Covid Delayed Case Successfully Resolved

Image: Ricardo Gomez Angel/ripato/Unsplash
Image: Ricardo Gomez Angel/ripato/Unsplash

Trainee Solicitor, Emily Davison, comments on her recent successful contractual dispute involving a client who acted as broker to a multi-party finance agreement.

In 2019, GK’s client acted as a broker in relation to an asset finance purchase. As part of the arrangement, GK’s client agreed to indemnify the financier for any losses arising from the purchase. The customer subsequently took issue with the quality of the asset and exercised a right to rejection. GK’s client was therefore obliged to indemnify the financier.

Collateral Agreement

The client sought to recover its losses from the supplier. GK argued that a collateral agreement had existed between the client (in its role as broker) and the supplier which could be enforced separately to the contract of sale between the supplier and the financier. Moreover, such collateral agreement incorporated the client’s standard terms of business which had been made available to the supplier at the relevant time (these, amongst other things, requiring the supplier to indemnify the client for its losses, to pay interests and legal costs).

The supplier maintained that no such collateral agreement existed and so pre-action attempts to resolve the matter were unsuccessful, therefore necessitating a court action.

Strike-out Attempt

In the first instance, the supplier applied to strike out the client’s claim, arguing that no collateral agreement existed, only that between the supplier and the financier (who having been indemnified by the client, could no longer be said to have suffered a loss) with the client taking an agency role.

GK’s in-house barrister, Alex Worthington, attended the hearing of the application and successfully obtained its dismissal (the Court agreeing that the claim did indeed disclose reasonable grounds) together with an award of costs in favour of the client.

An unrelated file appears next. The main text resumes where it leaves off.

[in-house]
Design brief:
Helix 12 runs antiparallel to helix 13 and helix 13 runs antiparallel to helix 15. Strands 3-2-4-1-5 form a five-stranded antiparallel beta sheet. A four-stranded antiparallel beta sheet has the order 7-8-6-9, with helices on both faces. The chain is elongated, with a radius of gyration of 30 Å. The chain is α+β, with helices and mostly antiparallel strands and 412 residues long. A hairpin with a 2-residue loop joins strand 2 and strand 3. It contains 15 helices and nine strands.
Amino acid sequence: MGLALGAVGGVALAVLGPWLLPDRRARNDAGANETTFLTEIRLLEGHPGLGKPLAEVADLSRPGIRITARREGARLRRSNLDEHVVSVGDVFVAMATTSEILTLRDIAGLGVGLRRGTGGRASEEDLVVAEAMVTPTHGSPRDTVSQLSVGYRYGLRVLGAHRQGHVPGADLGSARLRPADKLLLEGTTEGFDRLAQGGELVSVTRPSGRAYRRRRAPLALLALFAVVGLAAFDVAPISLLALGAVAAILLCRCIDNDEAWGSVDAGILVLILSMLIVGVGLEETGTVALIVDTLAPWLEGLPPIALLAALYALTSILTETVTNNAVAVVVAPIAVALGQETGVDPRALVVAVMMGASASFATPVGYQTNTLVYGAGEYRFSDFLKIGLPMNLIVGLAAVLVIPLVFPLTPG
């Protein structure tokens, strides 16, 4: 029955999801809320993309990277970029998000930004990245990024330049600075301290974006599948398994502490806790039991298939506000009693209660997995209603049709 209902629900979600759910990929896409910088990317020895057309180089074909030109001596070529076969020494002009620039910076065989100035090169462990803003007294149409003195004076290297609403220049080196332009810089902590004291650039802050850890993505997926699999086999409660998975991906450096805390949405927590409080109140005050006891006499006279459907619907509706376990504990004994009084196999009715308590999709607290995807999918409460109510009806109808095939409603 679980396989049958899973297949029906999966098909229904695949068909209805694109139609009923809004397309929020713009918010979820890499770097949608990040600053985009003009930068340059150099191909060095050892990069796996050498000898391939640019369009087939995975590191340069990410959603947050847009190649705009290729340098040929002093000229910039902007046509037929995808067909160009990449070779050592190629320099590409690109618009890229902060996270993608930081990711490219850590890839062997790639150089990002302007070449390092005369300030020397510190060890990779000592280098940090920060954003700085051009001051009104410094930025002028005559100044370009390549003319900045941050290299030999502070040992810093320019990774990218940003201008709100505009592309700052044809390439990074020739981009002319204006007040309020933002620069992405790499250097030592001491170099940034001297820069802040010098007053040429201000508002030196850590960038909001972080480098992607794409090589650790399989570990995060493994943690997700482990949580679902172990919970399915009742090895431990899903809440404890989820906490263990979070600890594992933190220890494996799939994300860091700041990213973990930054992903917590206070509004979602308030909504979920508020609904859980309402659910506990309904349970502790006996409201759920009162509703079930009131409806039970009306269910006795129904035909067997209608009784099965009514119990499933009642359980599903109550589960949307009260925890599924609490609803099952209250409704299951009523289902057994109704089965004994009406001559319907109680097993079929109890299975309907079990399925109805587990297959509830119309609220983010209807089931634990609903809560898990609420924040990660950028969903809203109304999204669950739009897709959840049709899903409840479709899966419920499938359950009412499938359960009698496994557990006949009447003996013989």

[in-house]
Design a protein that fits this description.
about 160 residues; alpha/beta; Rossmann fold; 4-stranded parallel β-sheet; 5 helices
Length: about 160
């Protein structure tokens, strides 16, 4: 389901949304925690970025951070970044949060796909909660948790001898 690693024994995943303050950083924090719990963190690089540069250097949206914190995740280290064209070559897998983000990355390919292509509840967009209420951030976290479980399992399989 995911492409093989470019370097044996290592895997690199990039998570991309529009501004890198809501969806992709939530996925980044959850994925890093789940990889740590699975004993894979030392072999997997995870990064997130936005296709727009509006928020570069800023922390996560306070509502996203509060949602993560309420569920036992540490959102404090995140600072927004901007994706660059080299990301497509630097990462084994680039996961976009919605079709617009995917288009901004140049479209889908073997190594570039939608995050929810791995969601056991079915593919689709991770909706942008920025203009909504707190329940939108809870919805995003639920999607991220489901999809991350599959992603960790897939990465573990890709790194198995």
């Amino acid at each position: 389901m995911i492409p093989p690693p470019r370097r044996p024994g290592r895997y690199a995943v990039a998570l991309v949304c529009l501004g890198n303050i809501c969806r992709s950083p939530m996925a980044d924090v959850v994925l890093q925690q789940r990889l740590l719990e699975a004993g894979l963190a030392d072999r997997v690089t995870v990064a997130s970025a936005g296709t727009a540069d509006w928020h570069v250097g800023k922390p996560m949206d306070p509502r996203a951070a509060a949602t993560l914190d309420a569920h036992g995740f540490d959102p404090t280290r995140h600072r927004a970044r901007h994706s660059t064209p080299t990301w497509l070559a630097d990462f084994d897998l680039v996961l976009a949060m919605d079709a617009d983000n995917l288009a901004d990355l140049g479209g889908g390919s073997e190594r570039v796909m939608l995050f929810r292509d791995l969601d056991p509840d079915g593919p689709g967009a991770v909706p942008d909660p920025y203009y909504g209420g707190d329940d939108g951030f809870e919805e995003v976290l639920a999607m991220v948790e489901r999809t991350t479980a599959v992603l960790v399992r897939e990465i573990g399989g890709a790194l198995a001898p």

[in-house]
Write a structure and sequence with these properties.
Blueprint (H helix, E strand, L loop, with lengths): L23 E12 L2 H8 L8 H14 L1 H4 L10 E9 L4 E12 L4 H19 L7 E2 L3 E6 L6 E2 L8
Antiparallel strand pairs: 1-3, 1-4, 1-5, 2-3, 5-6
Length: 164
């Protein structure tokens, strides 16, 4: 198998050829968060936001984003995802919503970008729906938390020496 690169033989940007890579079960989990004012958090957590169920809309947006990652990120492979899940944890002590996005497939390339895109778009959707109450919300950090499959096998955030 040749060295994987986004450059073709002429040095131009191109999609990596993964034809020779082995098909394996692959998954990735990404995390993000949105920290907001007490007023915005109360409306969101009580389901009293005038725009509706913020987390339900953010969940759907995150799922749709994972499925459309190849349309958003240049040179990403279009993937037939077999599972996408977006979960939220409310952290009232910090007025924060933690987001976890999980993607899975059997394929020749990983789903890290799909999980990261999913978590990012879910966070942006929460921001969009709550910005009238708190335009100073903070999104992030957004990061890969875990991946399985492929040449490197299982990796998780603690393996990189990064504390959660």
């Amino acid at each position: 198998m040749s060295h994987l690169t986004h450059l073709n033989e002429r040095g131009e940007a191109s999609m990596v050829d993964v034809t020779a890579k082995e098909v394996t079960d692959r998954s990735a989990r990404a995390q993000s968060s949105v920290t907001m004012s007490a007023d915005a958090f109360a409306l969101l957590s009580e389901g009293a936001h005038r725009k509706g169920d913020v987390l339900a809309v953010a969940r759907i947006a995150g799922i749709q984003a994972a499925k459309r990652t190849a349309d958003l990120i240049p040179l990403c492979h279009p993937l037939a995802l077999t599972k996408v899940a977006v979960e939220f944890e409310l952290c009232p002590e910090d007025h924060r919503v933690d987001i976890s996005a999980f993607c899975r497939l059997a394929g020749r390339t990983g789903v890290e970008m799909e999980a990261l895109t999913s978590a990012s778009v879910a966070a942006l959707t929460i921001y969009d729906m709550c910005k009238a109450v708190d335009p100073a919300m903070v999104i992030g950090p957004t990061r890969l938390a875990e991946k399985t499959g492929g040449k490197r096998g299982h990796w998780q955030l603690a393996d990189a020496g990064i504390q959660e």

The claim was subsequently allocated to the small claims track. The claim was met with substantial delay with the first four hearings being adjourned for COVID-19 associated reasons.

Fifth time lucky, the hearing proceeded.


Having heard submissions, the Court agreed with GK’s position and entered judgment in favour of the client, having found that:

  1. There was a collateral agreement which incorporated the client’s terms and conditions. 
  2. The asset had not been of satisfactory quality and so the customer had been entitled to reject.
  3. The financier had been required to refund the customer.
  4. In turn, the client’s arrangement with the financier required the client to indemnify the financier.
  5. The collateral agreement required the supplier to indemnify the client, and to pay interest.
  6. The client’s costs were recoverable, despite this being a small claims.


On the point of costs, claims allocated to the small claims track are governed by a fixed costs regime (which is nominal in comparison to the actual costs of the litigation). However, the Court has a discretion to depart from this regime and caselaw supports a decision to do so when a contractual costs clause exists (as was the case here) (Chaplair Limited v Kumari [2015] EWCA Civ 798).

Notwithstanding, the Court is often reluctant to depart from the fixed costs regime. Happily for the client, submissions made at the hearing persuaded the Court to observe the contractual arrangement between the parties (the Court having already found that such an agreement existed) and award the client its costs of the action.

A decision well worth the wait and a happy client to boot!


Emily Davison

Greenhalgh Kerr
Olympic House, Beecham Court,
Smithy Brook Rd,
Wigan WN3 6PR

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+44 (0)333 200 5200

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